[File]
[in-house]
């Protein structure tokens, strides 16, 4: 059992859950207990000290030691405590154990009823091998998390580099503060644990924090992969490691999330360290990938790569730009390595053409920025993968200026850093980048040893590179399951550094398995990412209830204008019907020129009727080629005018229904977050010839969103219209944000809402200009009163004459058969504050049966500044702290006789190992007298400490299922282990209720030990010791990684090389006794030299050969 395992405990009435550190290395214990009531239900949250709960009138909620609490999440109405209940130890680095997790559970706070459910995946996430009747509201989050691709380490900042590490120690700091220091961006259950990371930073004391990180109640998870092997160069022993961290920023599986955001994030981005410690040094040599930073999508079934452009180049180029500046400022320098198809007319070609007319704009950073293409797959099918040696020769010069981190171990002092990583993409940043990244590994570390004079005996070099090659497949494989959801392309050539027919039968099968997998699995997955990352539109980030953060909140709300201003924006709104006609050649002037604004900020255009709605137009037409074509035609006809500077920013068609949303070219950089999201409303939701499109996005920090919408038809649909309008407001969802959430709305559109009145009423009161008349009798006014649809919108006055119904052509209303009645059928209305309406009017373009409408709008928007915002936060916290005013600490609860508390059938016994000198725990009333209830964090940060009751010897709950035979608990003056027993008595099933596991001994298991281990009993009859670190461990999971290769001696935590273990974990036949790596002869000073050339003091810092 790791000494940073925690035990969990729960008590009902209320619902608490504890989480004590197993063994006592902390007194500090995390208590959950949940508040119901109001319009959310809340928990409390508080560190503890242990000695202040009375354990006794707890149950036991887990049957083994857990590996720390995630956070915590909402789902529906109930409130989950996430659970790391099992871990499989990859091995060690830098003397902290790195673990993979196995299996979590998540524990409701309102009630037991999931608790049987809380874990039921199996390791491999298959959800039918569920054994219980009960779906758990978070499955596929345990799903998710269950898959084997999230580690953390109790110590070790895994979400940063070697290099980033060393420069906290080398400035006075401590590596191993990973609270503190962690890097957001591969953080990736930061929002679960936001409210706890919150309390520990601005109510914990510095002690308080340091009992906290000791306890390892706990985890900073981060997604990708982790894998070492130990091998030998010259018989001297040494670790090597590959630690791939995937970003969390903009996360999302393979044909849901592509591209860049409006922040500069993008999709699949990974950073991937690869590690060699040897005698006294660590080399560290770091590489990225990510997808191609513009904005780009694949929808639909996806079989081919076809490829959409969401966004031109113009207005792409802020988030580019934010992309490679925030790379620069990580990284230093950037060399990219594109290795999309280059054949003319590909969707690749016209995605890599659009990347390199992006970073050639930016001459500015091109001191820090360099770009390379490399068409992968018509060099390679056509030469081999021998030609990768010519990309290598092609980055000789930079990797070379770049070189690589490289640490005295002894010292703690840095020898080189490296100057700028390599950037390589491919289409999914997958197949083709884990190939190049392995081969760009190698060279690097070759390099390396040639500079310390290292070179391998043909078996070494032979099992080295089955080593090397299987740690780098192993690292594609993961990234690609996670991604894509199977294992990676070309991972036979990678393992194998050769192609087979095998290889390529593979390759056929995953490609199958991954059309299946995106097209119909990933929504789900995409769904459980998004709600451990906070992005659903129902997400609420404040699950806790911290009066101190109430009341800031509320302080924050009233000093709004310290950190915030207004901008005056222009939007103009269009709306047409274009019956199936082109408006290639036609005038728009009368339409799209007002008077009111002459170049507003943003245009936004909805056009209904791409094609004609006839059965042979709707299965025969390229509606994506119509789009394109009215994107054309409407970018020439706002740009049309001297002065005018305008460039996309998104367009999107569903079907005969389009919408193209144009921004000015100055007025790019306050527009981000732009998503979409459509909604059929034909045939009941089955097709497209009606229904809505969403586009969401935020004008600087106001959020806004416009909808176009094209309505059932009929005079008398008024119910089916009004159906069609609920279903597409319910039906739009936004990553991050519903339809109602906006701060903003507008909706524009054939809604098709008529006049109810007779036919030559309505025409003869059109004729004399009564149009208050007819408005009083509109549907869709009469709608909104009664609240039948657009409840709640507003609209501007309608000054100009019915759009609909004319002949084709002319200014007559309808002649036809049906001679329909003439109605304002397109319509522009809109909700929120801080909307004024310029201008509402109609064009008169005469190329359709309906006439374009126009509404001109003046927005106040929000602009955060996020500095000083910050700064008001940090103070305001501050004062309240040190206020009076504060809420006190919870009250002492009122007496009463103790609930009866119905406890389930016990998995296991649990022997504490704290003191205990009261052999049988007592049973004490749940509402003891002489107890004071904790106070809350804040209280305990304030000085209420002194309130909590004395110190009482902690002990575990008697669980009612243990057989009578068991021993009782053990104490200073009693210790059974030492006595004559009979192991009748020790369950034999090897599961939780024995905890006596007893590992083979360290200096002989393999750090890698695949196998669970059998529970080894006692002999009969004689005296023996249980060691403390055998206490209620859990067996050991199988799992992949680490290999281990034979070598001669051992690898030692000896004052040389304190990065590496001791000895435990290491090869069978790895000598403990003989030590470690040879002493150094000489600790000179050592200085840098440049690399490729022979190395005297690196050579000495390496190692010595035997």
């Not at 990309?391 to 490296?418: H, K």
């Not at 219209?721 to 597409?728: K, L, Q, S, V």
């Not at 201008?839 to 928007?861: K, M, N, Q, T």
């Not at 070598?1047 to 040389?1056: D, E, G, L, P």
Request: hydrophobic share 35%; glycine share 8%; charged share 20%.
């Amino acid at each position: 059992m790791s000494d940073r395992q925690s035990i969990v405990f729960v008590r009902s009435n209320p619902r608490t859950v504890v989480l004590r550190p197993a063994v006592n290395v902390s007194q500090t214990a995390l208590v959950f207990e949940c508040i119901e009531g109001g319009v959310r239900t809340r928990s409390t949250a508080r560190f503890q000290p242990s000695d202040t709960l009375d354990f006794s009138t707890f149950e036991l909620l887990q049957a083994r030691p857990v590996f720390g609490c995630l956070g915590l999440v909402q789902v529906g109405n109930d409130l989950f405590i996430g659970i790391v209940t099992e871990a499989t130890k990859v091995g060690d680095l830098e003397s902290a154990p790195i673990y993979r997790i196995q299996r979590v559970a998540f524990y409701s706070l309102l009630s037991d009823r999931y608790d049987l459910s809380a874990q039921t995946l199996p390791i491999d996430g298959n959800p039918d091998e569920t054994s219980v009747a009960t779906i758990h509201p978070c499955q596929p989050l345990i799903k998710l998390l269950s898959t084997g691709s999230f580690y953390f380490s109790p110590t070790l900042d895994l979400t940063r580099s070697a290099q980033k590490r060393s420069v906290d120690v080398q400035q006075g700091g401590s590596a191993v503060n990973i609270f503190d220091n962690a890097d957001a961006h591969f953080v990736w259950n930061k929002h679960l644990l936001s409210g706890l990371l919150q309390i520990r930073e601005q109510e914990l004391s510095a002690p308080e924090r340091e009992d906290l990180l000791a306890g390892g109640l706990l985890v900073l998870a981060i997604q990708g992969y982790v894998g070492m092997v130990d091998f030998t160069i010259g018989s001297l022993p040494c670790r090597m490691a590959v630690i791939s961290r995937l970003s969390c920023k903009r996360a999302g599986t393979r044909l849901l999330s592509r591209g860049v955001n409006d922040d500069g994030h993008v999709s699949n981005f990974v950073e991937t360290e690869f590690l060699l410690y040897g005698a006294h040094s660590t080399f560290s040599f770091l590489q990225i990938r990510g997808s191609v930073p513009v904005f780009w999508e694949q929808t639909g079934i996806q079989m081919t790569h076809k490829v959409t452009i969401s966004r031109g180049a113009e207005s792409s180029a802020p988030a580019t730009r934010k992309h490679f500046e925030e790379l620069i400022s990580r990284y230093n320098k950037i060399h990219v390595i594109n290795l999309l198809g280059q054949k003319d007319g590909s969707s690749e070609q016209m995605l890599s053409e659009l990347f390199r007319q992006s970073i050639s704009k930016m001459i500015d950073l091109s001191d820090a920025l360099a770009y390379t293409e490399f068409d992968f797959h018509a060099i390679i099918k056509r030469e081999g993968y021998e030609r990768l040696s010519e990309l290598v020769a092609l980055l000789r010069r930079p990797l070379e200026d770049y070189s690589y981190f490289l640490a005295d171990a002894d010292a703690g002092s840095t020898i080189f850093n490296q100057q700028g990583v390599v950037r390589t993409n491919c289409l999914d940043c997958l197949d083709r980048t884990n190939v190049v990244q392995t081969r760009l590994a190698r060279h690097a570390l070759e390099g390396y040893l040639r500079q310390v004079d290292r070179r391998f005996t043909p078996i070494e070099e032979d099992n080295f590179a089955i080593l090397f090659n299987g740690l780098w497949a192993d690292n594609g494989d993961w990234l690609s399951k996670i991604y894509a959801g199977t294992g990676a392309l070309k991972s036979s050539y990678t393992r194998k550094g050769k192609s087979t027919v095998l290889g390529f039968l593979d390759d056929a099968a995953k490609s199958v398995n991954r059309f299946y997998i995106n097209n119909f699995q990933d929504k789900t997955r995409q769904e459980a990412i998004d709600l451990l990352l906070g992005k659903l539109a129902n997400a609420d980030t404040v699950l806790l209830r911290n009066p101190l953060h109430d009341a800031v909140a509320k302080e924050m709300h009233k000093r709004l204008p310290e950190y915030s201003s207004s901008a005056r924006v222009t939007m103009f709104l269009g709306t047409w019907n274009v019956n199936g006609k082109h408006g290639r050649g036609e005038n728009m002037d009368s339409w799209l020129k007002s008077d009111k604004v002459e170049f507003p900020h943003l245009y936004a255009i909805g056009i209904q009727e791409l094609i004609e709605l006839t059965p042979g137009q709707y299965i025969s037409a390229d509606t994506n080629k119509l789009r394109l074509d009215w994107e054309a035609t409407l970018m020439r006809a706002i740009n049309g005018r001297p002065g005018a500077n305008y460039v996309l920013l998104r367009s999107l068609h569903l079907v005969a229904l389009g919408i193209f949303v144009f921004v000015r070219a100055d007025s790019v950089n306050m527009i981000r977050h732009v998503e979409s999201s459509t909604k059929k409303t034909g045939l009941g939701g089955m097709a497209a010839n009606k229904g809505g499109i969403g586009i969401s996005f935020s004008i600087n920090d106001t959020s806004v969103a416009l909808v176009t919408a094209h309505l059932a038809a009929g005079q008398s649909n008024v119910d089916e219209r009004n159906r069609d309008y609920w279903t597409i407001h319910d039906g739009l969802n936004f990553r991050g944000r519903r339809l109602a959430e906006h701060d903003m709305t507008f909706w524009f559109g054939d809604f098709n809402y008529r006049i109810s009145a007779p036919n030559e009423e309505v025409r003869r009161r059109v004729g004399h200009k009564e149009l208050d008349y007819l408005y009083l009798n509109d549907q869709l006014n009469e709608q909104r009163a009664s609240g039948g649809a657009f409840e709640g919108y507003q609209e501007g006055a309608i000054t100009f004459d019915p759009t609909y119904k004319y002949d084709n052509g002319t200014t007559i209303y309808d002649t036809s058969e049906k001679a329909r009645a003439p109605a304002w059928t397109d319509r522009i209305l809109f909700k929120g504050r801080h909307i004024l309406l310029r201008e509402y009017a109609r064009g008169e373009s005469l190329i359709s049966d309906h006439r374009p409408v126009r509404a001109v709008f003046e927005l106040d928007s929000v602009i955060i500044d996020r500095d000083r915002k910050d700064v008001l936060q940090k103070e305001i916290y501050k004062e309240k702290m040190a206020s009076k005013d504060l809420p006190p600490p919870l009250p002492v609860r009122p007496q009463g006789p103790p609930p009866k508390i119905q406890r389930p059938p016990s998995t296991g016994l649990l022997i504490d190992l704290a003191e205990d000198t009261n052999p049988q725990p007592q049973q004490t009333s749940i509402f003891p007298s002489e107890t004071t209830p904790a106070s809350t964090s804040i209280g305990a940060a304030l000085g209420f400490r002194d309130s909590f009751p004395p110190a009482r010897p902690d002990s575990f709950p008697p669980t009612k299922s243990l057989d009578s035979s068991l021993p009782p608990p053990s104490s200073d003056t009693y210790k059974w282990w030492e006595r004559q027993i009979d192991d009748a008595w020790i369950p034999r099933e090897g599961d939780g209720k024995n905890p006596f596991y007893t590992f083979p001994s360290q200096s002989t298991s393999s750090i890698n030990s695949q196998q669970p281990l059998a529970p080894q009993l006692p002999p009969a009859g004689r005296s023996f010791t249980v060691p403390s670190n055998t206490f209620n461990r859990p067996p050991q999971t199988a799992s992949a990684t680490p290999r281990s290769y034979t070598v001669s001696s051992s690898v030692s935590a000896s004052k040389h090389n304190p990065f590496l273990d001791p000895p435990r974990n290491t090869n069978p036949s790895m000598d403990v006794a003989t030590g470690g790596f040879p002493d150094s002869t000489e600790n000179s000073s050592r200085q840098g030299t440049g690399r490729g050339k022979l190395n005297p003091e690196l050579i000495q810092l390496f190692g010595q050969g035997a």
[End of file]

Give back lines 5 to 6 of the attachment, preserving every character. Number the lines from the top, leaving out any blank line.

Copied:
């Not at 201008?839 to 928007?861: K, M, N, Q, T």
């Not at 070598?1047 to 040389?1056: D, E, G, L, P």